Friday, October 17, 2003

Religion and Belief

I posted a few things on the Religious Debates forum at Evolution last month and I been meaning to elaborate on some of those ideas for a while. So, before I get distracted with outlining and worldbuilding for my NaNoWriMo project today, I thought I would try to put some order to my thoughts. (I know, not entirely possible for me. But still, I try.)

Religion and the reasons people choose to believe a certain thing, join a specific denomination, or attend church regularly are things that have always facinated me. Probably because I can't quite wrap my mind around it. It just feels empty to me.

For me, the relationship with God is a very personal issue. As I've written previously (perhaps not here though) I don't have any sense of God when I'm in a church or attending religious functions. (The one notable exception to this is Sacre Coeur in Paris, which just has a quiet presence that never fails to soothe me.) No, I generally feel that connection outside, whether it be at the top of a mountain, under a clear, starry sky, or out in the middle of the Grand Canyon.

Hiking the GC was the first place I had felt that overwhelming sense of how immense and how intensely beautiful a place could be - and also the feeling that I belonged there and... I don't know quite how to explain it. Just this incredible sense of awe and well-being. I've felt it again many times since, but hiking there was the first place I had felt it in a very long time. So for me - that's it. No church, no religion can come close to that feeling. And maybe that's because those are man's constructs and are flawed in the way that we are all flawed - subject to human imperfection and a certain mortal pettiness.

Outside - in nature, if you prefer - you don't have that. There's you and there's wind, rain, rock, sun, trail, mountain... Nature has a certain impassive "been here long before you - will be here long after you" kind of wonder to it. If you don't have respect for the climate and the terrain, you're going to be in trouble. But if you approach the activity/place with the proper respect and preparation, the rewards can be amazing.

So maybe that's the feeling that other people find in their church communities... I'm not sure. I think many people go because they think they have to or because they are afraid not to. That's what I couldn't get behind - that going to church always felt like such a chore. With all the grumbling and fussing it didn't have any JOY in it for me.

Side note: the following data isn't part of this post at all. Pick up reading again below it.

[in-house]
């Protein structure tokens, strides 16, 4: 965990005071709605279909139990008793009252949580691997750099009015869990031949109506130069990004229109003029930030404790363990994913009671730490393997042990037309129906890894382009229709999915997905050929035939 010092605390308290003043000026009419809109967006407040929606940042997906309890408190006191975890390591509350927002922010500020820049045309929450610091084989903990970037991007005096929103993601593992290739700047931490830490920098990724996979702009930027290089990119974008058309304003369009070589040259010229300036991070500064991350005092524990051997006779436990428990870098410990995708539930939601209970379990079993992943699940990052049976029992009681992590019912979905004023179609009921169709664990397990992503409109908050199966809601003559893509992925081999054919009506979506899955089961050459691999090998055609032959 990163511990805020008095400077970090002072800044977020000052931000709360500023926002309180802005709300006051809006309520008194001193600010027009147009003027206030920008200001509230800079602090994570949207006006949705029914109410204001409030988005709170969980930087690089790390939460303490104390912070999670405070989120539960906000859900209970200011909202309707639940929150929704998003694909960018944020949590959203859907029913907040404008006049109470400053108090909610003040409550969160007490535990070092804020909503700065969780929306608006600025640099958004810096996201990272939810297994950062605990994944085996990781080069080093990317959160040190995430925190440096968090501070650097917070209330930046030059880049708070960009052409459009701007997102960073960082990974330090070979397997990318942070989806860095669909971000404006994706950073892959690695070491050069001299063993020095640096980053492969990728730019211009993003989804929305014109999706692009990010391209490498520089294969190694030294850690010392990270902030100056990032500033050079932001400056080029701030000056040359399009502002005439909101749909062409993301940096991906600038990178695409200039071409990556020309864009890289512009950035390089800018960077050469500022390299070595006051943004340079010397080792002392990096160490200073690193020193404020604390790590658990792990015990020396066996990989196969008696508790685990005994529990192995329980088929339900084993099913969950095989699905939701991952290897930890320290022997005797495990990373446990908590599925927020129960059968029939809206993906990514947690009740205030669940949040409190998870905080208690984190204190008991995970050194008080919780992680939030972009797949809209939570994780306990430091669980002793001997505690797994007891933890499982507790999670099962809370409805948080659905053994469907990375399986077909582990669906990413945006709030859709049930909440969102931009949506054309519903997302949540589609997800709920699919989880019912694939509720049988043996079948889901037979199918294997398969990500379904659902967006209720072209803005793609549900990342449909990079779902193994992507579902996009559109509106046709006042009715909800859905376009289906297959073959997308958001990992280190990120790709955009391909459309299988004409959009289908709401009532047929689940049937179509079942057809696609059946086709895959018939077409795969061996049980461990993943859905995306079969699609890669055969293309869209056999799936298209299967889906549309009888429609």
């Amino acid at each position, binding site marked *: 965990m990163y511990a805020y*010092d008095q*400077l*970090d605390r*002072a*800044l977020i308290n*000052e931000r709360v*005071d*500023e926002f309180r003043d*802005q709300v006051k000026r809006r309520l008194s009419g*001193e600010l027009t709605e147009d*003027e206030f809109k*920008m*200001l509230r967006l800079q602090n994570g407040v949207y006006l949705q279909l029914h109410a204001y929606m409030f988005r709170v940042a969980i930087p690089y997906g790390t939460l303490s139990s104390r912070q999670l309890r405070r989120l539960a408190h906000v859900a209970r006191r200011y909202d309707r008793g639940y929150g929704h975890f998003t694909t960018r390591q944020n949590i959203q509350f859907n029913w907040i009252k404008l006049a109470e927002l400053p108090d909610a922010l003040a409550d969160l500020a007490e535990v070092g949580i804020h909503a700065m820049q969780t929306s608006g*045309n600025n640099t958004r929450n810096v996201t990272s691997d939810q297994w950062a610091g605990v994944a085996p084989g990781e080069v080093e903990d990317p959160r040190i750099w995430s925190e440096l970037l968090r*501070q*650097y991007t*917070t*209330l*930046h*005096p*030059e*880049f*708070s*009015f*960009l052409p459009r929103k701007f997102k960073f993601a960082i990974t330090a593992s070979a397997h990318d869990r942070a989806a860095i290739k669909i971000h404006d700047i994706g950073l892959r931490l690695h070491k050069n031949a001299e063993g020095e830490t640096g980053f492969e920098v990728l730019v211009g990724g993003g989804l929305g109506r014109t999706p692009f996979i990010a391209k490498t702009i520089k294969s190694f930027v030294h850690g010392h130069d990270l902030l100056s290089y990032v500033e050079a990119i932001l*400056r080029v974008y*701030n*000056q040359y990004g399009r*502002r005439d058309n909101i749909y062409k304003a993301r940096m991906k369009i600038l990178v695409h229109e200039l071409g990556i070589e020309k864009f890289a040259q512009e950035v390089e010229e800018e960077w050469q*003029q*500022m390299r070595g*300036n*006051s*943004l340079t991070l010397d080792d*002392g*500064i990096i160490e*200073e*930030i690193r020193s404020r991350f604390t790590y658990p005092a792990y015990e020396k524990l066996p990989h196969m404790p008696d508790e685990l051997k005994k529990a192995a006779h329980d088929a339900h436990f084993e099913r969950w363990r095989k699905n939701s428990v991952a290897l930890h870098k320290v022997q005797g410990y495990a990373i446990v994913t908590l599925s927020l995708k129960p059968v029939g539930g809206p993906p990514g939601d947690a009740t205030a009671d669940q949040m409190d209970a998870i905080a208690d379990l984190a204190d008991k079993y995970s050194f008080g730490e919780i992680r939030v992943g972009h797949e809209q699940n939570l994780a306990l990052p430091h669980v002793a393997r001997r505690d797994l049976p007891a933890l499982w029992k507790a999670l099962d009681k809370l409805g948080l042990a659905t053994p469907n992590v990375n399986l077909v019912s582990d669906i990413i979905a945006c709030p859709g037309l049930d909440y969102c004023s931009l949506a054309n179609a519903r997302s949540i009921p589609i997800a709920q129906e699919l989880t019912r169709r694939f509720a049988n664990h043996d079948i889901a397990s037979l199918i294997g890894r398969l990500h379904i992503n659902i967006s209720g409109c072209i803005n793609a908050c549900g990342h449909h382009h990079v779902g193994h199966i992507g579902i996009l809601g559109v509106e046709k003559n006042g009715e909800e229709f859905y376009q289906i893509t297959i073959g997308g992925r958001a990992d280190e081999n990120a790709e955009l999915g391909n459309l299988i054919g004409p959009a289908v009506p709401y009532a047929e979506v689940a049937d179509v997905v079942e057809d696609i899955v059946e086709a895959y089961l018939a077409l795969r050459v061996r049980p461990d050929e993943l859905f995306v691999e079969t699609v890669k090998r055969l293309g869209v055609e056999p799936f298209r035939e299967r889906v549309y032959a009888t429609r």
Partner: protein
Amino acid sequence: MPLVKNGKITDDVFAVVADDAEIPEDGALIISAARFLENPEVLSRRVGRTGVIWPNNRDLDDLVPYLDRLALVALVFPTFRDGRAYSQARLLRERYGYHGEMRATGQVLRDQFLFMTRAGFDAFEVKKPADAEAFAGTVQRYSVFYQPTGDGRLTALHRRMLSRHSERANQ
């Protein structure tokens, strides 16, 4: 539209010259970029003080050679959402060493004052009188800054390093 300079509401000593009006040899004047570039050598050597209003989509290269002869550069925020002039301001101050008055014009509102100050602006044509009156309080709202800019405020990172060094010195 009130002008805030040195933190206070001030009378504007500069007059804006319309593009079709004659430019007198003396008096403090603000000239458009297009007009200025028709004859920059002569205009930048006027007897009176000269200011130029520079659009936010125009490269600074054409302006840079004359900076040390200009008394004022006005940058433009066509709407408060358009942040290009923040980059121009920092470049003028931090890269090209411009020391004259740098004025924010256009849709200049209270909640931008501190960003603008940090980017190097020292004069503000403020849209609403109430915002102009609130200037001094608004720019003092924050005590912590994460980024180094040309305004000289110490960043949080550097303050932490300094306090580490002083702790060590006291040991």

I was raised Catholic. I believe I stopped attending mass around age 16 or 17. I recall numerous times sitting around the dinner table, talking, and the subject of religion and faith would come up. The big question was always, "Well, what DO you believe, then?" I never had an answer. A couple times my mother dressed me down for acting like I was better than everyone else "You think that we couldn't possibly understand how smart and complex you are." But what I don't think she ever understood was that I didn't have the words to give an answer. Belief is such a complex subject. I didn't have the experience or the reference to explain so that I could understand it myself, much less transmit that understanding to someone else. I still don't have it and I might never.

It was never as simple for me as "Oh, Jesus is the son of God and with the Holy Spirit, they are all One as the Holy Trinity." I mean, honestly, what does that mean? I think those are terms that men have established to put something that is beyond human understanding into a package that most people can at least recite, if not comprehend.

On the Jesus subject (very briefly)... I believe there are some people in this world who have a greater connection to God (or whatever term you prefer), a greater awareness of our place in creation. I have no doubt that he existed and was a compelling individual whose intelligence and compassion set him apart in his time. He was most certainly a teacher and a leader. Was he the Son of God? Well... in some sense, aren't we all? Some people just shoulder the responsibility better than others.

The whole cult of Christ - Christianity... I just can't believe that's what Jesus would have wanted. It's become a twisted heap of rules, regulations, hierarchies, and opposing factions. In theory, I think it's a positive philosophy. It practice, it doesn't always come out so good.

The whole Bible argument - "Well, it says in the Bible that..." - used to justify hatred and prejudice... sick. Really sick. Those words were not inscribed by God's hand. Even Christ didn't have a go at them. No. Those words, filtered through the imperfect, and naturally prejudiced minds of men, work hard to interpret what the authors saw as God's message. But it's also a mythological history of a people. Stories have long been used to illustrate an author's point. And while there are clearly factual historic details in there, it's not meant to be a literal thing.

Anyway, I think that's enough for me today. I'll return to the subject later.

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